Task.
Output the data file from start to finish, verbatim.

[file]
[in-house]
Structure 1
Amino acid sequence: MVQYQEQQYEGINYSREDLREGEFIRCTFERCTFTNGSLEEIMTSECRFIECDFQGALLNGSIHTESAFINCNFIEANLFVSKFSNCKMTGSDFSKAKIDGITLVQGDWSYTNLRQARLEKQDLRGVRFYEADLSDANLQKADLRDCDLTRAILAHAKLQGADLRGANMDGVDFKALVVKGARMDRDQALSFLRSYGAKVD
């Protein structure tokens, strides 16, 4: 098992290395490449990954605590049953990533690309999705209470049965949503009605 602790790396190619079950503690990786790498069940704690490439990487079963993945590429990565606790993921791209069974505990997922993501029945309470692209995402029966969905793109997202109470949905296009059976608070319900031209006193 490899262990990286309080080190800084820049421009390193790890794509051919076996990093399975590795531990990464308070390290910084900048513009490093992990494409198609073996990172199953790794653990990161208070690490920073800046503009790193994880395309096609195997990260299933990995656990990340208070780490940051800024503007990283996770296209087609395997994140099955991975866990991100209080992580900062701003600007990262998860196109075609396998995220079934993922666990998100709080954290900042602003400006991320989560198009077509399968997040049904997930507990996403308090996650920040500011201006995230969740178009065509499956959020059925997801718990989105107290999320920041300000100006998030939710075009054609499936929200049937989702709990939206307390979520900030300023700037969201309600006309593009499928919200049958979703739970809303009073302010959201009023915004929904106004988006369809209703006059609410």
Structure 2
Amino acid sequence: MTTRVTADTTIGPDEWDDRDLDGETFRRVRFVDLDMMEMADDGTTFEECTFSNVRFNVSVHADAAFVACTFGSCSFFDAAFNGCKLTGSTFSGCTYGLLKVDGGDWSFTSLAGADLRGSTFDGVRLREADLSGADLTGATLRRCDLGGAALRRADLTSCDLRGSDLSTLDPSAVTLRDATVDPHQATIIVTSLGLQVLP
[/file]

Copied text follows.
[in-house]
Structure 1
Amino acid sequence: MVQYQEQQYEGINYSREDLREGEFIRCTFERCTFTNGSLEEIMTSECRFIECDFQGALLNGSIHTESAFINCNFIEANLFVSKFSNCKMTGSDFSKAKIDGITLVQGDWSYTNLRQARLEKQDLRGVRFYEADLSDANLQKADLRDCDLTRAILAHAKLQGADLRGANMDGVDFKALVVKGARMDRDQALSFLRSYGAKVD
């Protein structure tokens, strides 16, 4: 098992290395490449990954605590049953990533690309999705209470049965949503009605 602790790396190619079950503690990786790498069940704690490439990487079963993945590429990565606790993921791209069974505990997922993501029945309470692209995402029966969905793109997202109470949905296009059976608070319900031209006193 490899262990990286309080080190800084820049421009390193790890794509051919076996990093399975590795531990990464308070390290910084900048513009490093992990494409198609073996990172199953790794653990990161208070690490920073800046503009790193994880395309096609195997990260299933990995656990990340208070780490940051800024503007990283996770296209087609395997994140099955991975866990991100209080992580900062701003600007990262998860196109075609396998995220079934993922666990998100709080954290900042602003400006991320989560198009077509399968997040049904997930507990996403308090996650920040500011201006995230969740178009065509499956959020059925997801718990989105107290999320920041300000100006998030939710075009054609499936929200049937989702709990939206307390979520900030300023700037969201309600006309593009499928919200049958979703739970809303009073302010959201009023915004929904106004988006369809209703006059609410």
Structure 2
Amino acid sequence: MTTRVTADTTIGPDEWDDRDLDGETFRRVRFVDLDMMEMADDGTTFEECTFSNVRFNVSVHADAAFVACTFGSCSFFDAAFNGCKLTGSTFSGCTYGLLKVDGGDWSFTSLAGADLRGSTFDGVRLREADLSGADLTGATLRRCDLGGAALRRADLTSCDLRGSDLSTLDPSAVTLRDATVDPHQATIIVTSLGLQVLP